Jesse Ellsbury (March 23,1982 / Washington D.C.)
Like A Shadow in the Sea
I see them aging every day,
and every day it breaks my heart:
the people who raised me,
the people who saved me
getting older as plainly as anyone else.
I thought they’d be with me forever,
to take care and always share
they ever and would ever have.
But my youth is getting old,
though it’s still the dawn of my sight.
I don’t mind mortality,
but why must it apply to me
in the moments I love life?
I’m still waiting for the blush to rise
and show the golden sky’s designs.
I need to know my Lady Sunshine
and to marry her in daytime
if I’m to survive the mourning.
Their eyes are growing ever narrow,
their hair is growing thin,
I don’t want
to admit it,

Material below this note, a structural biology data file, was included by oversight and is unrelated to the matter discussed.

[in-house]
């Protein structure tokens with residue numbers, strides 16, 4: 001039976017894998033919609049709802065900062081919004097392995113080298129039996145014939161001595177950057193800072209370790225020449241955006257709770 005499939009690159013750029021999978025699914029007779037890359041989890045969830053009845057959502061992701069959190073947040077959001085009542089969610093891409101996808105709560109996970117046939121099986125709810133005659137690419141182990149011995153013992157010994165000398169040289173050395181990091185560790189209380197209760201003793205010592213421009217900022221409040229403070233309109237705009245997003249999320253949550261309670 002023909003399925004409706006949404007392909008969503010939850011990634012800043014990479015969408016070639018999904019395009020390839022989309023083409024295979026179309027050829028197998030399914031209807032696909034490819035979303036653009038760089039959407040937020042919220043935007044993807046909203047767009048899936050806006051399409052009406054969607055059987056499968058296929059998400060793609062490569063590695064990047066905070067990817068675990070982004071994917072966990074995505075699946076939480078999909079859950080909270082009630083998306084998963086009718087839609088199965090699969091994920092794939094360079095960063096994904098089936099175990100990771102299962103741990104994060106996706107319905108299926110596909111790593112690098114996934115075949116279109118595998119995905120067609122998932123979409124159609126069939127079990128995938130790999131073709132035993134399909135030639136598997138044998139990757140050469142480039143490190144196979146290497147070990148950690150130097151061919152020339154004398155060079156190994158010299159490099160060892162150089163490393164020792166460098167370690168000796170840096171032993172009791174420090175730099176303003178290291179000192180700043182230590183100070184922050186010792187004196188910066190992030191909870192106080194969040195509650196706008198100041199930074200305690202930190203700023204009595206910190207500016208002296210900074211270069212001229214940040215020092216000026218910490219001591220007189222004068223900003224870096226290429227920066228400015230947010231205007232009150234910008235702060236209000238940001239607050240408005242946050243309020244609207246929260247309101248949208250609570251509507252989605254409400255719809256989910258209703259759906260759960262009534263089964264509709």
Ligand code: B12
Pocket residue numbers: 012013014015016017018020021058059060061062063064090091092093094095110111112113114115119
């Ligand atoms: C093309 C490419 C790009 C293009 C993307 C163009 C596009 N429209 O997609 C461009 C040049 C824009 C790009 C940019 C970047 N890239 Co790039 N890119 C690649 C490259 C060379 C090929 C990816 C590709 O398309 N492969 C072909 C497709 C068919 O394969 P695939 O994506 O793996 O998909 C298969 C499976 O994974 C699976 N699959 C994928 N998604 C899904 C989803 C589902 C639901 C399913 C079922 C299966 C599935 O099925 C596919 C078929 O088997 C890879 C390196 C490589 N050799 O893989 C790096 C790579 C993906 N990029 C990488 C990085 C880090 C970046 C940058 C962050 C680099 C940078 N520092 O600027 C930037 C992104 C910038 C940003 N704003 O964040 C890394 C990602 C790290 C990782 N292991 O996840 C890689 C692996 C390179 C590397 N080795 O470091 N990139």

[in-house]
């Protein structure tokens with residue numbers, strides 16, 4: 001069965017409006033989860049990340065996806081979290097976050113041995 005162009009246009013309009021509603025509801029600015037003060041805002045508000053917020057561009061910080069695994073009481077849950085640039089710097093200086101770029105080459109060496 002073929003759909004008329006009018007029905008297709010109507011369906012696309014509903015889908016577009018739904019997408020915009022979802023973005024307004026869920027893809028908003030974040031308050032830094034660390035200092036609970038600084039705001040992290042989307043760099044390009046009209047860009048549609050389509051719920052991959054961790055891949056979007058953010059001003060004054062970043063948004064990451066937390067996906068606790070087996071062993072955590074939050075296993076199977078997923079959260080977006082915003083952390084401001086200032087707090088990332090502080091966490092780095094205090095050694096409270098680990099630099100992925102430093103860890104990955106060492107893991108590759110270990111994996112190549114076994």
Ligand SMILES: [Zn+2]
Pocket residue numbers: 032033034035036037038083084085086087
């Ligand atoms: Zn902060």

but I think that death might win.
I worry premature but I can see
those I love aren’t as they’ve been.
Their smiles have moss,
their skin is embossed
with the pain God’s put them through.
But their killer will kill me too,
stake the dagger of time in my heart.
Besides, the bomb
is set to go off
in about 50 years or so.
Days go past without saying goodbye,
years go past, I don’t see them go by.
They fade into the pudding past,
mistakes I made to always last
while nothing that matters stays with me.
The morning is approaching its end,
does it mean to take us too, my friend?
To leave us like
a shadow in the sea,
nothing to love, everything to leave?
Poet's Notes about The Poem
Comments about this poem (Like A Shadow in the Sea by Jesse Ellsbury )
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